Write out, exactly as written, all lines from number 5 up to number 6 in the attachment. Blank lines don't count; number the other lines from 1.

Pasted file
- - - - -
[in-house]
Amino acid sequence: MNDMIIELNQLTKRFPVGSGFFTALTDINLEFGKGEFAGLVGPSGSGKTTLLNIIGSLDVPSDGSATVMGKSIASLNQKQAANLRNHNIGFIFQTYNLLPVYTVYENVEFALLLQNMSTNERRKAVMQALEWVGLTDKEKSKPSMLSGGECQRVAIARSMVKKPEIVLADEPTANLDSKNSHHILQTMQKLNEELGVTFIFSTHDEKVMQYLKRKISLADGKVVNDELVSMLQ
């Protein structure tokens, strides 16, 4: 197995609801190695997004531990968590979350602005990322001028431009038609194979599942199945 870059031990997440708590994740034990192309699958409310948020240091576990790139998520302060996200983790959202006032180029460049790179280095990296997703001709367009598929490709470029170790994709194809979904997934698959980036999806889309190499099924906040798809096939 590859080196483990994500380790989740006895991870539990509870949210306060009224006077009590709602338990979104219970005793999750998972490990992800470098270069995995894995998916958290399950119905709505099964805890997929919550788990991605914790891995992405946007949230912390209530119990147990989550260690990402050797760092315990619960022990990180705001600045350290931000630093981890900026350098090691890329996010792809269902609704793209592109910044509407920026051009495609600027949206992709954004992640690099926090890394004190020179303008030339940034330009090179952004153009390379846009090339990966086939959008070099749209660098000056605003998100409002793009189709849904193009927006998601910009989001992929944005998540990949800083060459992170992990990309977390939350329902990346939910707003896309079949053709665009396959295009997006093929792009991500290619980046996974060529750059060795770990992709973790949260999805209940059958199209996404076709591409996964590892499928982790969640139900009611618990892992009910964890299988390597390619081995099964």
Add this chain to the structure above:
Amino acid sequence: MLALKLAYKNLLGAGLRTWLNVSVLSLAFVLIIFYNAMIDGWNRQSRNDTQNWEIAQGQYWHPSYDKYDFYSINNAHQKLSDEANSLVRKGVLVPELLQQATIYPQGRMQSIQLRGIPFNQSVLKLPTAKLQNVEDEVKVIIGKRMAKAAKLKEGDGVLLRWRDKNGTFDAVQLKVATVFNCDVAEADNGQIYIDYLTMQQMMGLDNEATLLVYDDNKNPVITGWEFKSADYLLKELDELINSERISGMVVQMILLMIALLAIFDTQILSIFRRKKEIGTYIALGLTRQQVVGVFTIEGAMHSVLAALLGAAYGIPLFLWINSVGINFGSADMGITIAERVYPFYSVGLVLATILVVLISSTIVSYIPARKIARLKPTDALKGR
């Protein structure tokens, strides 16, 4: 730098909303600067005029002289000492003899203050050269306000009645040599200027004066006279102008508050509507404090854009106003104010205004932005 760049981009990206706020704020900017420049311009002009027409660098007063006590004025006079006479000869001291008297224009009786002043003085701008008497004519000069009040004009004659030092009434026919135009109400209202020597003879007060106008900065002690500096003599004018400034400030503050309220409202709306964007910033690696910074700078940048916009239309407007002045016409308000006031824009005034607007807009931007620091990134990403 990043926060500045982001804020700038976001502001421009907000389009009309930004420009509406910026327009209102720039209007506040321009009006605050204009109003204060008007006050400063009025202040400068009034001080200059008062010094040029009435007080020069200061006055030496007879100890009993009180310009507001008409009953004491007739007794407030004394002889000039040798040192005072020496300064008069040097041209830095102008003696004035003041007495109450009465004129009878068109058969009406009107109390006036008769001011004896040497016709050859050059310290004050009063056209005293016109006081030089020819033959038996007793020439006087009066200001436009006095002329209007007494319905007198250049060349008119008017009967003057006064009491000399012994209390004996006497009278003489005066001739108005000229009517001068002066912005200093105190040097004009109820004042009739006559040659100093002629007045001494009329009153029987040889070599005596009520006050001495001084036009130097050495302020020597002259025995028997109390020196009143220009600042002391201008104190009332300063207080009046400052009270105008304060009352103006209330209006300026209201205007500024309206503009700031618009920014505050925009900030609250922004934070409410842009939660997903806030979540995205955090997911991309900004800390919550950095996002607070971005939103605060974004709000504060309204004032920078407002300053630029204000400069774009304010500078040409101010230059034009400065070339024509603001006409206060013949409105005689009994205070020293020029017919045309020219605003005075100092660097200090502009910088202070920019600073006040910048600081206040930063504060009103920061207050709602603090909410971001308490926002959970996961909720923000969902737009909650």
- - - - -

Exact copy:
Amino acid sequence: MLALKLAYKNLLGAGLRTWLNVSVLSLAFVLIIFYNAMIDGWNRQSRNDTQNWEIAQGQYWHPSYDKYDFYSINNAHQKLSDEANSLVRKGVLVPELLQQATIYPQGRMQSIQLRGIPFNQSVLKLPTAKLQNVEDEVKVIIGKRMAKAAKLKEGDGVLLRWRDKNGTFDAVQLKVATVFNCDVAEADNGQIYIDYLTMQQMMGLDNEATLLVYDDNKNPVITGWEFKSADYLLKELDELINSERISGMVVQMILLMIALLAIFDTQILSIFRRKKEIGTYIALGLTRQQVVGVFTIEGAMHSVLAALLGAAYGIPLFLWINSVGINFGSADMGITIAERVYPFYSVGLVLATILVVLISSTIVSYIPARKIARLKPTDALKGR
């Protein structure tokens, strides 16, 4: 730098909303600067005029002289000492003899203050050269306000009645040599200027004066006279102008508050509507404090854009106003104010205004932005 760049981009990206706020704020900017420049311009002009027409660098007063006590004025006079006479000869001291008297224009009786002043003085701008008497004519000069009040004009004659030092009434026919135009109400209202020597003879007060106008900065002690500096003599004018400034400030503050309220409202709306964007910033690696910074700078940048916009239309407007002045016409308000006031824009005034607007807009931007620091990134990403 990043926060500045982001804020700038976001502001421009907000389009009309930004420009509406910026327009209102720039209007506040321009009006605050204009109003204060008007006050400063009025202040400068009034001080200059008062010094040029009435007080020069200061006055030496007879100890009993009180310009507001008409009953004491007739007794407030004394002889000039040798040192005072020496300064008069040097041209830095102008003696004035003041007495109450009465004129009878068109058969009406009107109390006036008769001011004896040497016709050859050059310290004050009063056209005293016109006081030089020819033959038996007793020439006087009066200001436009006095002329209007007494319905007198250049060349008119008017009967003057006064009491000399012994209390004996006497009278003489005066001739108005000229009517001068002066912005200093105190040097004009109820004042009739006559040659100093002629007045001494009329009153029987040889070599005596009520006050001495001084036009130097050495302020020597002259025995028997109390020196009143220009600042002391201008104190009332300063207080009046400052009270105008304060009352103006209330209006300026209201205007500024309206503009700031618009920014505050925009900030609250922004934070409410842009939660997903806030979540995205955090997911991309900004800390919550950095996002607070971005939103605060974004709000504060309204004032920078407002300053630029204000400069774009304010500078040409101010230059034009400065070339024509603001006409206060013949409105005689009994205070020293020029017919045309020219605003005075100092660097200090502009910088202070920019600073006040910048600081206040930063504060009103920061207050709602603090909410971001308490926002959970996961909720923000969902737009909650």